For many, especially those with kids heading back to school, September is the start of a new year, and as such can inspire you to do a bit of tidying and organizing. In addition to tidying your home, you should also consider the often forgotten job of tidying up your computer.
This is the third part in my series, on giving recommendations for free software, that every PC should have. In Part 1, I wrote about security software, in Part 2, I wrote about productivity software; in this article I will gives suggestions on software that keep your computer running smoothly.
You have just bought a new Personal Computer, but before you can get any use out of your computer, and be productive with it, you will need some software. Your new computer may have come with some bundled ‘free’ software; if it did, be careful, much of the software that you thought was free, is actually only a free trial, which may expire. In this series of articles, I will tell you how to set up a powerful, productive computer, for free!
I recently decided to enhance my software’s professionalism and improve my users’ experience, by signing my software applications. My goal was to be able to sign my windows executables (.exe), Java applets and jar, (.jar) files and Mac .app bundles. By signing my code I could assure my customers of the authenticity of my software, and help ensure the integrity of the files.
Test Automation is often seen as the Holy Grail of Software Testing, and anyone who has manually executed the same test case over and over again, on various builds and releases of a software application, will attest to the usefulness of automated tests.
Entering and tracking defects, is one of the main tasks for testers. It is important that any time that a defect is found (whether it was actively being looked for or not), that it is logged. Even if you are not sure if it really is a defect, or if you think it maybe isn’t really that big of a deal; I believe it is better to log it, analyze and then if necessary close it, than it is to just ignore it. This article explains the process of software defect tracking and give recommendations on how to implement a defect tracking system.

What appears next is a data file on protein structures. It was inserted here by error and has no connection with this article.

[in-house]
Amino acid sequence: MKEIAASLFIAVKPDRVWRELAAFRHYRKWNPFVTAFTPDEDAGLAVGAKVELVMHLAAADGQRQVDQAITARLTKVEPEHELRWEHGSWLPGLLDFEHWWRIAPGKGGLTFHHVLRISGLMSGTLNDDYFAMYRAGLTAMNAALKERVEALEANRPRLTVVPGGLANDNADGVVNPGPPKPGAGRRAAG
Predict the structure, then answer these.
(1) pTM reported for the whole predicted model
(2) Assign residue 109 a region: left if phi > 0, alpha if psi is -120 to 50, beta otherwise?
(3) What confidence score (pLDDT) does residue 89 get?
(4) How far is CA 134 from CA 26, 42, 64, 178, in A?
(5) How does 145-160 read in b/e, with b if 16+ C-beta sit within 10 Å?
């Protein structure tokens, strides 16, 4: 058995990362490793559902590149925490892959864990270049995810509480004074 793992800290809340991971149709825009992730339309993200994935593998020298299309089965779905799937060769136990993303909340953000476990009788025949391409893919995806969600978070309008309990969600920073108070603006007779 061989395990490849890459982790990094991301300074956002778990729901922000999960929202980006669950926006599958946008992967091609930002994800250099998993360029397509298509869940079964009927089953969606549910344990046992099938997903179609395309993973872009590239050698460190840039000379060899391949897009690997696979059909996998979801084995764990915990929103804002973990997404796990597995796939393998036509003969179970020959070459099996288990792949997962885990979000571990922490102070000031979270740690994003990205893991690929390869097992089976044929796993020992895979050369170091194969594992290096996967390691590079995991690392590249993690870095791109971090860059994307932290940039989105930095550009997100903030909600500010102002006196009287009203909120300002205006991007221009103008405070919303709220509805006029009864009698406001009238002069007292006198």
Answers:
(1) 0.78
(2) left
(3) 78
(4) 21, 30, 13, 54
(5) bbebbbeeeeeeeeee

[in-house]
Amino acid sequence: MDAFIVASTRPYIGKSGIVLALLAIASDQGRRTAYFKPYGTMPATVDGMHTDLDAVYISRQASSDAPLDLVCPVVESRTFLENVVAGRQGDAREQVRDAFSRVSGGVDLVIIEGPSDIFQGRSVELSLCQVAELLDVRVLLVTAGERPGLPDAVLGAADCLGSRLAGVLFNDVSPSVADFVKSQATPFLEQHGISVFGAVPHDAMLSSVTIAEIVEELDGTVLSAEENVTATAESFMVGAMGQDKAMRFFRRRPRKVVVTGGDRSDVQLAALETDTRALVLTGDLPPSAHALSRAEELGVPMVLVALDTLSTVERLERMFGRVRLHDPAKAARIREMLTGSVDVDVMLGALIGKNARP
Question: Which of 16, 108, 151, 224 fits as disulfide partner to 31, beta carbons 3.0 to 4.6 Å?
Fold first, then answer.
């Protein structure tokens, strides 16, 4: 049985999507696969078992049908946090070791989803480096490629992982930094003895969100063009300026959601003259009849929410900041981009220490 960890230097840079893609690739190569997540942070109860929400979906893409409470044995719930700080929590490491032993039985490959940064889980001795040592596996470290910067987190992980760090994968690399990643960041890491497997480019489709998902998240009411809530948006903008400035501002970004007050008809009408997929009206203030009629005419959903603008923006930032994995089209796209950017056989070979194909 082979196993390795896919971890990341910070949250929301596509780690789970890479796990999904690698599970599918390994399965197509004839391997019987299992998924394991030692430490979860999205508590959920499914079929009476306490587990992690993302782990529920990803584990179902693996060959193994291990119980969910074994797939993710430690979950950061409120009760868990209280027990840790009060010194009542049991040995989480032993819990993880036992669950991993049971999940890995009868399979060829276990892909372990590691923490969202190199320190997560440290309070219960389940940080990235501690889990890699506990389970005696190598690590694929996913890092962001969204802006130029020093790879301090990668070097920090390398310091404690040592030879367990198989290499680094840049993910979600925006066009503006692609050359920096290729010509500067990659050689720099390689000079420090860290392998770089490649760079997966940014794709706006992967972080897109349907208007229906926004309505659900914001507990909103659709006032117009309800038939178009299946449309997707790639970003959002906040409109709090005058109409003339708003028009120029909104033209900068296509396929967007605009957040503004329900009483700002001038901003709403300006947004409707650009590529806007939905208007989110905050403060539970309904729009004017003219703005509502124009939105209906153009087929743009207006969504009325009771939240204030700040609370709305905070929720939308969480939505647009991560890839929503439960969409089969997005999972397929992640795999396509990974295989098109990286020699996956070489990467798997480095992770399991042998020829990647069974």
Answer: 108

So you have decided you want to implement a more formal approach to testing your software, but don’t really know where to begin. In this article I will outline a basic structure of the software testing process, including some tips for test case writing, and suggestions for some tools to use in testing. There is no one set process that works for all types of projects or for all teams, so I’m hoping this will get you started, and you can adapt the process to fit your own needs.
When doing a little reading about how to test software you will quickly find that there are a lot ways to test software with a lot of different terms used. In this article I will give a brief overview of the various types of testing commonly used in Software Testing, as well as provide advice on when each type of testing is appropriate.
As most Java developers have come to realize, one of the most challenging aspects of developing cross-platform Java applications, is how to deploy them, in the most native way possible, to their various target platforms e.g. Windows, Linux and Mac OS X. There are several commercial solutions available, but these cost in the range of $500 to $2000, which may be a bit steep for an independent software developer. In this article, I will provide an overview of how I approached this problem, while developing PWMinder, using a combination of open source tools; and I hope this will provide a framework for those of you facing similar issues.